Bel Borba's artwork is full of audacious authenticity: capoeira fighting figures carved out of rusty, tin-like structures; a series of huge fish or white doves made out of broken tiles; a rhinoceros made out of God knows what; and a huge Christmas tree on the beach constructed with Coke bottles filled with abolitionist poetry inside. Bel Borba Aqui captures the Brazilian artist at work on his innovative public art pieces, for which he uses the streets of Salvador as his atelier and scrap materials as his palette. Known for the problematic practice, though the film doesn't problematize this whatsoever, of turning poverty-stricken neighborhoods in Brazil into cheerfully colored landscapes of bliss, Borba spends much of André Costantini and Burt Sun's documentary speaking inanities, clichés, or boasting about his celebrity status and prolific bent.
Given the enigmatic quality of Borba's work (he describes his process as instinctive, intuitive, and spontaneous), the doc could have used more of the atmospheric devotion we see in Sophie Fiennes's film on German artist Anselm Kiefer's also larger-than-life sculptures, Over Your Cities Grass Will Grow. Instead we're shown the literality of Borba's labor, as aided by an army of shirtless Brazilian men whom we never meet. In one particularly painful and interminable sequence we watch as the filmmakers intersperse shots of Borba sticking pieces of broken tile onto a wall for one of his pieces, and yawning, over and over again. Unlike Fiennes's film on Kiefer, or even Alison Chernick's Matthew Barney: No Constraint, there's no pointing toward something other than the work itself, no poetic digression, no suggestion of a conceptual dimensionality to the work being produced.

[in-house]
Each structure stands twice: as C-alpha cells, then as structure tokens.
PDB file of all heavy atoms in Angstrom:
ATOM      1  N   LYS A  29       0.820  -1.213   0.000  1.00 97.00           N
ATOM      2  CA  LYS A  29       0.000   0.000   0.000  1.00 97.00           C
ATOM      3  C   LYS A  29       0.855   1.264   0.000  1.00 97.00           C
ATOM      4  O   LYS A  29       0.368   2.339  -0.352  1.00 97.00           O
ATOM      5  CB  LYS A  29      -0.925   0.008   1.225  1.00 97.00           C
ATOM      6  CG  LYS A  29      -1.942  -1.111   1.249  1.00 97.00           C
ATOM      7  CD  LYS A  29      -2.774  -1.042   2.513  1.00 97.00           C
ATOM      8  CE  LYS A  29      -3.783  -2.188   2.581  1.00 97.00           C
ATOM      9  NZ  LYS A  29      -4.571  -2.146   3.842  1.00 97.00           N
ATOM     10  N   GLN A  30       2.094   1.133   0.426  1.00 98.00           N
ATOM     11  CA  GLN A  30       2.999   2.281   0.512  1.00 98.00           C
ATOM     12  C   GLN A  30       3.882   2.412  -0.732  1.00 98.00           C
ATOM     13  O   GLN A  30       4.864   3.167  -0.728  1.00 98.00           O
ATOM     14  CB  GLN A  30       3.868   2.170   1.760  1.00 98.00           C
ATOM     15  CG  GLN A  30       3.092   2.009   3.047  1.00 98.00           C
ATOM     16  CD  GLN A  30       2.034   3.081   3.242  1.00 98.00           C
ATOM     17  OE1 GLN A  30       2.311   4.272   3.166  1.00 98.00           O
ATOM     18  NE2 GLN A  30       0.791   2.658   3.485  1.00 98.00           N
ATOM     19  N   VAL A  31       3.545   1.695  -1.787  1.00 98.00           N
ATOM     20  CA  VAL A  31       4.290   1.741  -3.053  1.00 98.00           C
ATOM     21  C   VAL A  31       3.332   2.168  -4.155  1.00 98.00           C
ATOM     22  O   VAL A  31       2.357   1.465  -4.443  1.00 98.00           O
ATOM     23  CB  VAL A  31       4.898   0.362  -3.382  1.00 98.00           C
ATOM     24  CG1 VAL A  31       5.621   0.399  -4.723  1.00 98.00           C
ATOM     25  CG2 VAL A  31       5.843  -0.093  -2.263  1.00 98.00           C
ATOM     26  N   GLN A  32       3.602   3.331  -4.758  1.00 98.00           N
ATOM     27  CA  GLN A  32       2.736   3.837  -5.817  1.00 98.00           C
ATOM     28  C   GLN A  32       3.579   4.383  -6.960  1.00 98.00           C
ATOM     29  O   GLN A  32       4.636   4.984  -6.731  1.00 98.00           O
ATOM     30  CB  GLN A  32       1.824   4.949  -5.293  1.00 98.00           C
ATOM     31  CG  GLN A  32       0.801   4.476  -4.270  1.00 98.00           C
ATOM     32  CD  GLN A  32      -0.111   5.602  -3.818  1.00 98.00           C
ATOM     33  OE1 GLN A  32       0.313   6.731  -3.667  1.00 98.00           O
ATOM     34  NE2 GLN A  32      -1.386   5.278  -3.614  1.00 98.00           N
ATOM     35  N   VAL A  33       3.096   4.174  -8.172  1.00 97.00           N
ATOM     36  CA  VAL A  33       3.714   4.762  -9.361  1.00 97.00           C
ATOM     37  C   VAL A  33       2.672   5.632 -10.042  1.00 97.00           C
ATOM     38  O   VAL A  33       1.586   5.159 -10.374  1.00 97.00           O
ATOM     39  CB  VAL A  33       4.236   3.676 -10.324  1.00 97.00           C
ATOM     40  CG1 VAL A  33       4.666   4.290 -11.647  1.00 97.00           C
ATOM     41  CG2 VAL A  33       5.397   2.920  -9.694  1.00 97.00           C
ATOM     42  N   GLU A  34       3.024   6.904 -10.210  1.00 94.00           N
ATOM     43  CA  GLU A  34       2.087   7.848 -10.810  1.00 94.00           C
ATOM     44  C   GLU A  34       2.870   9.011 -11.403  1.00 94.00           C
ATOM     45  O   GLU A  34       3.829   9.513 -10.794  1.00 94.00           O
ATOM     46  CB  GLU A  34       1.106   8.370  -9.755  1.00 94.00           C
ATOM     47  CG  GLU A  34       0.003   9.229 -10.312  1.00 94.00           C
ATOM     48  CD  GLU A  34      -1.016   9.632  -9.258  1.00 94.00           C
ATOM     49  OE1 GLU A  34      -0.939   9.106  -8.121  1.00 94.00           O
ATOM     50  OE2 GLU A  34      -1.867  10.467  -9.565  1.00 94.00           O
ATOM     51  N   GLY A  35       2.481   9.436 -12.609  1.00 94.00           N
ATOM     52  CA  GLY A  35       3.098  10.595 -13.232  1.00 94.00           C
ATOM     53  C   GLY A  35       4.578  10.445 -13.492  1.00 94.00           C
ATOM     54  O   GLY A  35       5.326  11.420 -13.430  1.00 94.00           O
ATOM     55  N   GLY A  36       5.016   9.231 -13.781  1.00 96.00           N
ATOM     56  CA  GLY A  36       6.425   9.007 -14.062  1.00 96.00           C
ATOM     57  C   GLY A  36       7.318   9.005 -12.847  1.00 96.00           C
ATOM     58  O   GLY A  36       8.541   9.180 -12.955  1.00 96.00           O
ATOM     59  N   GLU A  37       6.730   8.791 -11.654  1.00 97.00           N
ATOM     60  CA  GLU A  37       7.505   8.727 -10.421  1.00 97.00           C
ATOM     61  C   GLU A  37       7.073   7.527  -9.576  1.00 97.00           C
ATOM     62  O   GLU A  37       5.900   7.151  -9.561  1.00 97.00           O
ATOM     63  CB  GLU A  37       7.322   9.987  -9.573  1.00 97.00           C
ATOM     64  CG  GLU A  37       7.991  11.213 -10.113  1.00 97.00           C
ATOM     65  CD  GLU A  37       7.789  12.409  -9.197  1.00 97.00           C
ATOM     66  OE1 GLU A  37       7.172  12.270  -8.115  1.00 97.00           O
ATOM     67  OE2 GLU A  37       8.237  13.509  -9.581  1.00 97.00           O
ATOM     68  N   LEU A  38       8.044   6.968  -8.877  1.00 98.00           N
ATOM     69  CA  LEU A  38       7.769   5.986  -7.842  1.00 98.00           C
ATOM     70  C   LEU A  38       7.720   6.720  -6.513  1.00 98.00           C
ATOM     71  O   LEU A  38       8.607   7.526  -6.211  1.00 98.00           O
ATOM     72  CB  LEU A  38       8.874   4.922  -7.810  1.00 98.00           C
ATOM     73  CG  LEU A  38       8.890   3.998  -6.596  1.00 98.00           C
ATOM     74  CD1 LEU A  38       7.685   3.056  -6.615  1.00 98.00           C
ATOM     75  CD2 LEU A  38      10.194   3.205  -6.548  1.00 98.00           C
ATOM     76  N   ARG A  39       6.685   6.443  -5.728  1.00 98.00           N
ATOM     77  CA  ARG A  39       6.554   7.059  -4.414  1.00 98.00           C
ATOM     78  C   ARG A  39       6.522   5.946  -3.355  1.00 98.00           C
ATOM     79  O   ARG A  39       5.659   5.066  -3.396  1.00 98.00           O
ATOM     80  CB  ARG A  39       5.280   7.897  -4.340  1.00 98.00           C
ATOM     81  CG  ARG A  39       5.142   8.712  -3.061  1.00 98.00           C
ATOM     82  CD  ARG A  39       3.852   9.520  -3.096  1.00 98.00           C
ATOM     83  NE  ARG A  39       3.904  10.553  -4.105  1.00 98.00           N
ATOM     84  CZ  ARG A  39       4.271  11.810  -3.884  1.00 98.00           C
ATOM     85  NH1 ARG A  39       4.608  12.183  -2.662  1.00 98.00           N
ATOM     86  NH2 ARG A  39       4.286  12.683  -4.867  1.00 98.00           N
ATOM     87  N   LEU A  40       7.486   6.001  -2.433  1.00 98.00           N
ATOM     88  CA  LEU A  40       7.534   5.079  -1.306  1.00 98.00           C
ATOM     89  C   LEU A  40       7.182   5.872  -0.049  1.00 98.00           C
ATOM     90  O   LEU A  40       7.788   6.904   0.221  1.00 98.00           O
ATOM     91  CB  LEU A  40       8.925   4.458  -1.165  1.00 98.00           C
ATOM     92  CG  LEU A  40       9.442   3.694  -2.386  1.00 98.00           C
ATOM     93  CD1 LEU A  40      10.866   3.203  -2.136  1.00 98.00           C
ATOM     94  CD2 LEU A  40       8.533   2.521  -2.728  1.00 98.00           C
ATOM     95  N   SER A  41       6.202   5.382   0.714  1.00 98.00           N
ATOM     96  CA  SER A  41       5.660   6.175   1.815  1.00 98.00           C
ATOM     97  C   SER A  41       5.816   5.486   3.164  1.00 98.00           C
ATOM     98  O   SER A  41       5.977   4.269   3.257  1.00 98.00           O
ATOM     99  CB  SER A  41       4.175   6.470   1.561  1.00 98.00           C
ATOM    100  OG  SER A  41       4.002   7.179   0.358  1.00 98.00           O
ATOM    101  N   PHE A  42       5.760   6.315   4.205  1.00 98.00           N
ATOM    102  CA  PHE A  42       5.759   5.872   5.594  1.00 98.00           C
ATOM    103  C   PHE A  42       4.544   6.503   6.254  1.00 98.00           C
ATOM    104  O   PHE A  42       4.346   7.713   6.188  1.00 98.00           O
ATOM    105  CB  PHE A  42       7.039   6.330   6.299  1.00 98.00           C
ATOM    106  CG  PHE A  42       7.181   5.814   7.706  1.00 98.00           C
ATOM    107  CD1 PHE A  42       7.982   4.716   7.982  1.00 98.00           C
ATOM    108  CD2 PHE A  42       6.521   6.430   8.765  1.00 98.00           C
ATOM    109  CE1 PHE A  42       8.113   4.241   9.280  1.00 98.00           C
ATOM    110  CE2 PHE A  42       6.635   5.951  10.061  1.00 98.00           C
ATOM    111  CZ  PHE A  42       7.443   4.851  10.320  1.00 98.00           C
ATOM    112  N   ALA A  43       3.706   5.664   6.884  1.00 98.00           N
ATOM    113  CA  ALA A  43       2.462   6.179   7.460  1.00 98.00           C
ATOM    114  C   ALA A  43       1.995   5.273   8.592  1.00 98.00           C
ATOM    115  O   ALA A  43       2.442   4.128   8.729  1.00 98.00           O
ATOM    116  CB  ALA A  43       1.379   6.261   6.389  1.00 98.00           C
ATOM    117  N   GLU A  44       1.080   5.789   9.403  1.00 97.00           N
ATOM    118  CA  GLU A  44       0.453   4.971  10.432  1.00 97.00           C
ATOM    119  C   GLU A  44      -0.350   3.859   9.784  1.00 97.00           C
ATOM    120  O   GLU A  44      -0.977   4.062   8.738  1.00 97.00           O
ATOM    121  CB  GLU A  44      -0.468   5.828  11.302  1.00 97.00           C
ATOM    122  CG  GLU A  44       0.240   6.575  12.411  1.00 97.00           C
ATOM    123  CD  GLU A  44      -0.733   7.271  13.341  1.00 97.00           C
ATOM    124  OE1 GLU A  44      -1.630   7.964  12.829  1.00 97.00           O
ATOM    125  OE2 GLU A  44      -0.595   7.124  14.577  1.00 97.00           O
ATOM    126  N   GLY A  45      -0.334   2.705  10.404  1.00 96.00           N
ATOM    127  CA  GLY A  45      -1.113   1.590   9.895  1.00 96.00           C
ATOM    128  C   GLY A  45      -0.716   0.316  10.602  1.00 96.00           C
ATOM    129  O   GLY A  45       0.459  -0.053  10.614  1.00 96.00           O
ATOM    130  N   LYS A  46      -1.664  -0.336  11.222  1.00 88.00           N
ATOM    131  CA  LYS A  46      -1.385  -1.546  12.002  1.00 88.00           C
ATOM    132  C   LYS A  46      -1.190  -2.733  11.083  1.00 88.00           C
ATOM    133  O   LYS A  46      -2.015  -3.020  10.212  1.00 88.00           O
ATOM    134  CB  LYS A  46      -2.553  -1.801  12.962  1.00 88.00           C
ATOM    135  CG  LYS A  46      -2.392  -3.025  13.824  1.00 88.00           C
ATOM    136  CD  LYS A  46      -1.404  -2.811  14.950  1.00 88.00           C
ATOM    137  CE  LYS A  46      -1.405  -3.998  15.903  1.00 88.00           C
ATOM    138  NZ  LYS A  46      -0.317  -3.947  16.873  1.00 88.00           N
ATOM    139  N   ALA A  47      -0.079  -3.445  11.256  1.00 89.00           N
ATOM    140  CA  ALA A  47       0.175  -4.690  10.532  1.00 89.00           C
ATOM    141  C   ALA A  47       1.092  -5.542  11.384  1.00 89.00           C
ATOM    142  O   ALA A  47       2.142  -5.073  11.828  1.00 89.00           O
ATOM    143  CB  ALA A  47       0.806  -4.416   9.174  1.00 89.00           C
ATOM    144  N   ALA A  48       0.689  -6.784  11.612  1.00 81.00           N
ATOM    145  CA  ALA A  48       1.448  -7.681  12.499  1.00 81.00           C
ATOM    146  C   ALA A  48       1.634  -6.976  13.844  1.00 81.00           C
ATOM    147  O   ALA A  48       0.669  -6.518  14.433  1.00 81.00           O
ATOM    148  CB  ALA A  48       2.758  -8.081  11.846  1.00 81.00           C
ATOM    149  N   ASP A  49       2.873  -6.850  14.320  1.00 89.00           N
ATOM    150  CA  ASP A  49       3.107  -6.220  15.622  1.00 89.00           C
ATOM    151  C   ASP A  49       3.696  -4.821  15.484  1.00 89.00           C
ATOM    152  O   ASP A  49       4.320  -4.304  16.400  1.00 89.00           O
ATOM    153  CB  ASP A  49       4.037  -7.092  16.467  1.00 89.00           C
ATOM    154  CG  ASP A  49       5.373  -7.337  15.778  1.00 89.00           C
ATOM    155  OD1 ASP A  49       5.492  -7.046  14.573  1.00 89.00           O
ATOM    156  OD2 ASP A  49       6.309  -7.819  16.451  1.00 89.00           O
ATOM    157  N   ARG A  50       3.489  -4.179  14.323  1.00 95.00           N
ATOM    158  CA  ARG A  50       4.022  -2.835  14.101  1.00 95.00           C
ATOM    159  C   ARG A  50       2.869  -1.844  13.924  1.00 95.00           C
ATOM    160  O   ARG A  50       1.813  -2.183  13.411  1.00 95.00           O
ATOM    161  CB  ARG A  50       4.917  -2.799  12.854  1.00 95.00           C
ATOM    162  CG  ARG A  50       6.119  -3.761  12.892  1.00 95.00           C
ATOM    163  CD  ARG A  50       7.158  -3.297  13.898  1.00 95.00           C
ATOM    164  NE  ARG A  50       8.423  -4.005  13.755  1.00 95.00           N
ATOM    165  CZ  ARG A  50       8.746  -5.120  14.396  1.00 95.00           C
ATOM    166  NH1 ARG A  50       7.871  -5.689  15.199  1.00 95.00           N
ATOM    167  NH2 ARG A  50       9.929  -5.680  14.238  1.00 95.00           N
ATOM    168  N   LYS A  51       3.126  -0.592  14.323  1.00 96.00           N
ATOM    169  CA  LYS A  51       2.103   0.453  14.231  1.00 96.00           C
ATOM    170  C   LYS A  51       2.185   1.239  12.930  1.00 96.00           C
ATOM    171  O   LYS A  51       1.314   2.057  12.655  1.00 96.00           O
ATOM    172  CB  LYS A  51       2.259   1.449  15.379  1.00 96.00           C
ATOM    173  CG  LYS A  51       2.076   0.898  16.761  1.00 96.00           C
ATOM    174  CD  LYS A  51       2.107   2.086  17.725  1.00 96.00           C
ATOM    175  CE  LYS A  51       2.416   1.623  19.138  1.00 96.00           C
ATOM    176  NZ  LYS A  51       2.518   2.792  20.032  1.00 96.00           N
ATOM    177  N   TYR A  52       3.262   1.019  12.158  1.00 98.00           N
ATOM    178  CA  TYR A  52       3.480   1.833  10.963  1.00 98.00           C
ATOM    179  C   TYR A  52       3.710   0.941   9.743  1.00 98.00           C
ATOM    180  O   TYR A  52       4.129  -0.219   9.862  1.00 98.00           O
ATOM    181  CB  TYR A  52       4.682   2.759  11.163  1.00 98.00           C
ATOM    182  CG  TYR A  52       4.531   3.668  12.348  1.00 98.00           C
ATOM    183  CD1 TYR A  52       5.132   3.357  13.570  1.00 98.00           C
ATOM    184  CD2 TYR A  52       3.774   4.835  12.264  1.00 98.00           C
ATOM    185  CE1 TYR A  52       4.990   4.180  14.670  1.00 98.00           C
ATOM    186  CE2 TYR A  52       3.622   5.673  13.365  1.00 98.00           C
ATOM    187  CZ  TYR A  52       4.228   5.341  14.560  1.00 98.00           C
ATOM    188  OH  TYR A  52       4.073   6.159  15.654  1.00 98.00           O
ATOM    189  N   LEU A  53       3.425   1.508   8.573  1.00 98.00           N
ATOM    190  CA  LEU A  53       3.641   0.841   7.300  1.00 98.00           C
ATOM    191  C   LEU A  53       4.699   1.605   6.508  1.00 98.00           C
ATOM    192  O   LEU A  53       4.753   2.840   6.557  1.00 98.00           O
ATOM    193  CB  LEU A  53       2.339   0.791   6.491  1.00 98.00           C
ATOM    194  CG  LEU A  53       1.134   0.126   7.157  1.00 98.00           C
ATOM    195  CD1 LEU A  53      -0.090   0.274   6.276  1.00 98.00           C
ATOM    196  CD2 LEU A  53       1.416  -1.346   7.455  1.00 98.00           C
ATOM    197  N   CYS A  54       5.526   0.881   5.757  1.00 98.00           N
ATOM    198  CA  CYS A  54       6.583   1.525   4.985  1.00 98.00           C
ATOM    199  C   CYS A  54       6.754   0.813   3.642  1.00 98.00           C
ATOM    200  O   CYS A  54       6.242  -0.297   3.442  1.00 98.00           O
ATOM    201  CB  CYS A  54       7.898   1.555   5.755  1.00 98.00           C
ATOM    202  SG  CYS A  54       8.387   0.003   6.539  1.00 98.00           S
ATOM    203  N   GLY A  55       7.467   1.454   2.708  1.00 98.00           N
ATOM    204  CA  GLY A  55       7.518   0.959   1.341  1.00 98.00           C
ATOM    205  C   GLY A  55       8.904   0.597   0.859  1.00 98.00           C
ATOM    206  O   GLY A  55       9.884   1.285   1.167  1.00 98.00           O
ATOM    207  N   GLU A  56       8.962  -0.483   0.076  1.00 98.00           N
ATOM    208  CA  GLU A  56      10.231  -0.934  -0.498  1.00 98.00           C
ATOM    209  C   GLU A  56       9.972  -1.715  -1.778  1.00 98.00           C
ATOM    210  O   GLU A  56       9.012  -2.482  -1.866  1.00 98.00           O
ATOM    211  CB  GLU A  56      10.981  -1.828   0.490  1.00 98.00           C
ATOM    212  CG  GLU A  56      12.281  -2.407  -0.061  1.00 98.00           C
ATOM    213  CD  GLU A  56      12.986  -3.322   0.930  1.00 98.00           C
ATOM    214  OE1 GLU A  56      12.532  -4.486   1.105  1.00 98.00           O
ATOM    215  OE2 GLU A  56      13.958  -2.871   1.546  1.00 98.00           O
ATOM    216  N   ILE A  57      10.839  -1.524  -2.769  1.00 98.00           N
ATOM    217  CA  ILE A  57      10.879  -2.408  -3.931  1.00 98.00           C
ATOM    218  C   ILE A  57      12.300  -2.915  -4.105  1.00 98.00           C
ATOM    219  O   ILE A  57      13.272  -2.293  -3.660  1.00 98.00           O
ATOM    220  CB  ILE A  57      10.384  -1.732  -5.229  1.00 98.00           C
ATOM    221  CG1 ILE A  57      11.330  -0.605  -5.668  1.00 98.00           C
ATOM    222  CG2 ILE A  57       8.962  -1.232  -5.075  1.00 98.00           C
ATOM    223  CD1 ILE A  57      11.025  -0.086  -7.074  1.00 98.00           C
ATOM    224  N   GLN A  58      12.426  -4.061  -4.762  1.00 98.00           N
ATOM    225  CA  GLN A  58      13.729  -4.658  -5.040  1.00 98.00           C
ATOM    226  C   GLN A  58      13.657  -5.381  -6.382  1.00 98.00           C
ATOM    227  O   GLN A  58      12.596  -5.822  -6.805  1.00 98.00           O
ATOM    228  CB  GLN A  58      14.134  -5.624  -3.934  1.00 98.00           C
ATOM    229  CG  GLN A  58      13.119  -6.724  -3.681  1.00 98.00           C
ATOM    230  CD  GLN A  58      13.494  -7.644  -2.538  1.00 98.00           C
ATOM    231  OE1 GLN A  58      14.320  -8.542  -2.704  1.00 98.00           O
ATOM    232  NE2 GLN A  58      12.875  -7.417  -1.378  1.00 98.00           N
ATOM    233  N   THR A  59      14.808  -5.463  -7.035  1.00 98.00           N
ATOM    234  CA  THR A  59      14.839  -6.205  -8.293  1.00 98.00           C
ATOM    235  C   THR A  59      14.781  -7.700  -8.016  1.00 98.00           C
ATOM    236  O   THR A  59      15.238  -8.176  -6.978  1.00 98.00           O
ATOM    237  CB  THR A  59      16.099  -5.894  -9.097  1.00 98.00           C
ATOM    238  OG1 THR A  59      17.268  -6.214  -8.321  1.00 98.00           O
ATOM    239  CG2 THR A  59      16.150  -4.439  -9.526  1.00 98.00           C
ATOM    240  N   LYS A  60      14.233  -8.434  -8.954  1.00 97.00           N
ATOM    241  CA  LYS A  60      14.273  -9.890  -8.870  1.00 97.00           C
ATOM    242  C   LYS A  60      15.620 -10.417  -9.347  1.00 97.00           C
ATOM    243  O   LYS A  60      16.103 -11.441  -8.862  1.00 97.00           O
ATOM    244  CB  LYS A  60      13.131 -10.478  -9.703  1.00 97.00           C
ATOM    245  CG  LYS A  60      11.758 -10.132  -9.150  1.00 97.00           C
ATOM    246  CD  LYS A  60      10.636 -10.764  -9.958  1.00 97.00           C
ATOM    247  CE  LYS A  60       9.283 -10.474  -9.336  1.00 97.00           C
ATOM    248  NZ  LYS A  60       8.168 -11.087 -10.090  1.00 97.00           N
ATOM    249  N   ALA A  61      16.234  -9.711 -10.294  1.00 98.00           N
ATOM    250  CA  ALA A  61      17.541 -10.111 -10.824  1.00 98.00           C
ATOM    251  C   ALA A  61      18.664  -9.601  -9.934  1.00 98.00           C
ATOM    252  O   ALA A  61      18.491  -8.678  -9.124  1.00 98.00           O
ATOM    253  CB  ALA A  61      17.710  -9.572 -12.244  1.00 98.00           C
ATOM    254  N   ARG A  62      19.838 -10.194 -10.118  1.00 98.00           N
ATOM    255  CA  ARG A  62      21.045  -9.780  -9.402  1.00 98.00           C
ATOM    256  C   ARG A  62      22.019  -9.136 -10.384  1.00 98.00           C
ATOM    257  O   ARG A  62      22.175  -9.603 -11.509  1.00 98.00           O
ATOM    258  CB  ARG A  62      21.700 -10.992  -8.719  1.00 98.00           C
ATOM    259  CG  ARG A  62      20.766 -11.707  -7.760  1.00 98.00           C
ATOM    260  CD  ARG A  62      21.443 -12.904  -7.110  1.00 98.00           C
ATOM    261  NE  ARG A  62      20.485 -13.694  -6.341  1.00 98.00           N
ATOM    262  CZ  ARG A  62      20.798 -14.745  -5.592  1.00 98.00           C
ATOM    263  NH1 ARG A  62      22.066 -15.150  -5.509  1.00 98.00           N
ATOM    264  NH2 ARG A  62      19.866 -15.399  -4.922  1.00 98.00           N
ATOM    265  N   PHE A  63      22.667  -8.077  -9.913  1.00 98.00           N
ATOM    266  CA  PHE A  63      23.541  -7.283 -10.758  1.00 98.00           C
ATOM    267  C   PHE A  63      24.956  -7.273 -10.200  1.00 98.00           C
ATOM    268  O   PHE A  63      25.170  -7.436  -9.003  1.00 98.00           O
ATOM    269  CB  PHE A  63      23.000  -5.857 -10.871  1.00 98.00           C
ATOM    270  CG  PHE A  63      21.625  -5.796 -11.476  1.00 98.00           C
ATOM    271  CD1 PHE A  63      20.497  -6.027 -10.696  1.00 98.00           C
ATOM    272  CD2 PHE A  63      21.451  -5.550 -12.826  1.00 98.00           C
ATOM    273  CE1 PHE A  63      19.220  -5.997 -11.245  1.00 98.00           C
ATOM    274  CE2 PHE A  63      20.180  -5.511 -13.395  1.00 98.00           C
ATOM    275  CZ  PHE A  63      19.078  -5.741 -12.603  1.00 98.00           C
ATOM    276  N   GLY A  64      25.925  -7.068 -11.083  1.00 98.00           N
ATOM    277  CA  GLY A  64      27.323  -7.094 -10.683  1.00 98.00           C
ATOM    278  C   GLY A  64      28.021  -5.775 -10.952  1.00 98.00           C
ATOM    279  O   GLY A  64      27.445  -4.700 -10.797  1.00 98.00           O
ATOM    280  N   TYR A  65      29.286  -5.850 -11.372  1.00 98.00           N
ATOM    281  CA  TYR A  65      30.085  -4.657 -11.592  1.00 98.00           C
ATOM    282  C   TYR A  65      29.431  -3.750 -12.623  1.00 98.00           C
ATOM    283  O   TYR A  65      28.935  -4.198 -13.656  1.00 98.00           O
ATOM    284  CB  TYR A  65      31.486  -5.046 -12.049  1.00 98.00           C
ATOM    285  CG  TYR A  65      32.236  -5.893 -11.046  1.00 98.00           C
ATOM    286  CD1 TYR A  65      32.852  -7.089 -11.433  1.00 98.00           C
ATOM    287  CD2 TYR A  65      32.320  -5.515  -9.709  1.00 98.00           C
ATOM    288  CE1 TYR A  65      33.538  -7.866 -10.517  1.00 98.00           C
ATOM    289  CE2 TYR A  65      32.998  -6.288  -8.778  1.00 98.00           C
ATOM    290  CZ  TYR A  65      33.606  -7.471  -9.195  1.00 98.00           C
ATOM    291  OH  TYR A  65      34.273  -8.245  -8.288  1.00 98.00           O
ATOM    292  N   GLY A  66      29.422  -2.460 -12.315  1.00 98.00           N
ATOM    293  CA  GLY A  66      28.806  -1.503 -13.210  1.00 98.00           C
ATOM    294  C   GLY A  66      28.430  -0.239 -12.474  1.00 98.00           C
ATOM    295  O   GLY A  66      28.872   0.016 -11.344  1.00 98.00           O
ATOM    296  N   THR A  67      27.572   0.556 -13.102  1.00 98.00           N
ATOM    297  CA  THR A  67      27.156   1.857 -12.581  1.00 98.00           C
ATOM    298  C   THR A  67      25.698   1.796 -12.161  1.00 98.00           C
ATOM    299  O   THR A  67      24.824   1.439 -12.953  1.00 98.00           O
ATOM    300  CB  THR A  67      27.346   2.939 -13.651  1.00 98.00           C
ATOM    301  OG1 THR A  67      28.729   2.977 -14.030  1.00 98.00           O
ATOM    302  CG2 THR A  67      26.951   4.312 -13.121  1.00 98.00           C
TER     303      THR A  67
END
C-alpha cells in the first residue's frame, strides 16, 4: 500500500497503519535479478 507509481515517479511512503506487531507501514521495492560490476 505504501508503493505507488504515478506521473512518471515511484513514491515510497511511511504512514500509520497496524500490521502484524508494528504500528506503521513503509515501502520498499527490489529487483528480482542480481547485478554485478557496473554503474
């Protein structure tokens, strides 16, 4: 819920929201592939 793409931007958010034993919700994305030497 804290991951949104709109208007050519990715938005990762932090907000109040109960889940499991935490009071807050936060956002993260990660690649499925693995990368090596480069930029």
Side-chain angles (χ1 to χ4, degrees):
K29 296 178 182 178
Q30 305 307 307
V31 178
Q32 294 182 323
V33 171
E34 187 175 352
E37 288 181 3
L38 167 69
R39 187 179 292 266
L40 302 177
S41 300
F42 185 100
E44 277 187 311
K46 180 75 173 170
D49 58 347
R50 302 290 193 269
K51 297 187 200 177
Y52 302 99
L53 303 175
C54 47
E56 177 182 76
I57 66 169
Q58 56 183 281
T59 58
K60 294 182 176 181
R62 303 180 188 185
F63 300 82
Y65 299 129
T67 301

Besides the happy-peppy hagiographic aesthetics of Brazilian political advertisement and an oversaturation of Brazilian popular music, the film allows too much room for Borba's tedious verbiage—usually an anecdote of dubious taste, or some trite spiel about how when an artist creates something it's like giving birth, as well as the touting of Salvador as an "ethnic cocktail" of Indians, Africans, and Portuguese roots. If Borba's work is expressive intervention, it's less endearing when he's speaking. Not that the interest in an artist's speech lies in whether he can quote Heidegger, as is Kiefer's case. But Borba's street swagger and organic creativity get lost in the narcissism (he considers himself a hero and "better than most people" when it comes to sculpting) that the film allows him so much room to express.